A new bill aimed at clamping down on poaching and preserving the country’s biodiversity has been put forward for public consultation by the interior ministry.
The bill sets out provisions for gamekeepers on hourly contracts to be armed, and for all gamekeepers to wear body cameras, with the aim of finding, recording and deterring poachers. Furthermore, cameras will be installed in forests and other outdoor areas.
The bill, which is set to be officially presented by the ministry next week, also includes provisions to arm a greater number of gamekeepers and criminalise the feeding of stray cats and dogs in ‘Natura 2000’ areas and areas where migratory birds are known to nest and are potential prey for strays.
Should the bill pass into law, the act will carry a 500 euro fine, with an array of other criminal acts also listed. The act of feeding wild animals without a licence will now also carry a 500 euro fine.
In addition, those who video or photograph the torture of wild animals and upload evidence to social media could face up to five years in prison or a fine of up to 20,000 euros, while the fine for the use of hunting dogs between sunset and sunrise will double from 500 euros to 1,000 euros.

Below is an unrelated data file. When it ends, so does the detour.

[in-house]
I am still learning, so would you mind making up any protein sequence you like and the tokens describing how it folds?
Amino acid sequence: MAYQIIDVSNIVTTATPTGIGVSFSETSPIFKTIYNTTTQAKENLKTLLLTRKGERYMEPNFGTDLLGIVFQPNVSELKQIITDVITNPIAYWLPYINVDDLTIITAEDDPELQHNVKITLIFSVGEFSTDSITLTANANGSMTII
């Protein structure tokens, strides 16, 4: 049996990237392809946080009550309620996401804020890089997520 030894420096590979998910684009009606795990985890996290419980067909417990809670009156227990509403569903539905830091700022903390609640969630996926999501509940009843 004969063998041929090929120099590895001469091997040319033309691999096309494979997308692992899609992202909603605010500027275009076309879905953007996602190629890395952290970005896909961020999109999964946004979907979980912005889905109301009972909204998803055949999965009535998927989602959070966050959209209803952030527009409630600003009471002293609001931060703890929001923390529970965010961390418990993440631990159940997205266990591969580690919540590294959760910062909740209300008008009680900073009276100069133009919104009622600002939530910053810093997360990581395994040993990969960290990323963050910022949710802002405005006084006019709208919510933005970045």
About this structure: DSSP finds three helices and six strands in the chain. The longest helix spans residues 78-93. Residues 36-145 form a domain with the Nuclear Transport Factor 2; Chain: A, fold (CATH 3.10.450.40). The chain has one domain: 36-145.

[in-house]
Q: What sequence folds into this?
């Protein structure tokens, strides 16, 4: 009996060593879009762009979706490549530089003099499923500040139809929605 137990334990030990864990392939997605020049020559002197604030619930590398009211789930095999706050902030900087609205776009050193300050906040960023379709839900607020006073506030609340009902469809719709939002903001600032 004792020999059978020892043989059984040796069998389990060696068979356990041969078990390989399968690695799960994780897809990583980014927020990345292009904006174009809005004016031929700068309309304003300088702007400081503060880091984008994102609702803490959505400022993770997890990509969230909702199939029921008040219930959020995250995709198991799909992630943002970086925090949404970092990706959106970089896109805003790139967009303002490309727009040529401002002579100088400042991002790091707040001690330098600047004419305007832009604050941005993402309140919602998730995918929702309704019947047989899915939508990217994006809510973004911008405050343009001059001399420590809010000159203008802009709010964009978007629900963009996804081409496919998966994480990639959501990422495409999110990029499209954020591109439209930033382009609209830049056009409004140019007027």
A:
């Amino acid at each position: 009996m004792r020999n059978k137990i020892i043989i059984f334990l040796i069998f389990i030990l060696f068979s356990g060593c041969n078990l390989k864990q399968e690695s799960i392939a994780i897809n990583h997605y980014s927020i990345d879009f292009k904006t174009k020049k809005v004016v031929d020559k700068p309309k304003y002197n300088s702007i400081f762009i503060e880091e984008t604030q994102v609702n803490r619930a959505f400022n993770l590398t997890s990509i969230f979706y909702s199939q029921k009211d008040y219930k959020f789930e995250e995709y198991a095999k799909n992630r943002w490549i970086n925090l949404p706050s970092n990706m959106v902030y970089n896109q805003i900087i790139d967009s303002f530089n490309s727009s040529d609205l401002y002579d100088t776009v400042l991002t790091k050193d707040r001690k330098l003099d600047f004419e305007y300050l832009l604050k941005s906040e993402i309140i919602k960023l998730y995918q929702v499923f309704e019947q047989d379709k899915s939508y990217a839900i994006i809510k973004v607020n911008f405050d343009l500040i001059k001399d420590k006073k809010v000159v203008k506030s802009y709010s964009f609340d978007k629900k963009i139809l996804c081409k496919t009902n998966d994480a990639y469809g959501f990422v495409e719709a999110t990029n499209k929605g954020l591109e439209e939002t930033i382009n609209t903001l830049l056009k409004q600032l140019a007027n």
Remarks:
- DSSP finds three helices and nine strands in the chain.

The fine for the transportation of a loaded firearm either by vehicle or on the back of an animal could also increase from 500 euros to 700 euros, with the police chief set to gain the right to revoke hunting firearm licences from those who commit transgressions.
The bill also sets out a route to prosecution for environmental protestors who interfere with legal hunters, with those who ‘purposefully hinder or obstruct’ legal hunting set to be criminalised.
Asked to comment, the hunting federation president Nikolas Prodromou said that the federation had not yet convened to study the proposed law and were unable to comment.
The public have until July 3 to submit their opinions on the bill via email to the game and fauna service at [email protected].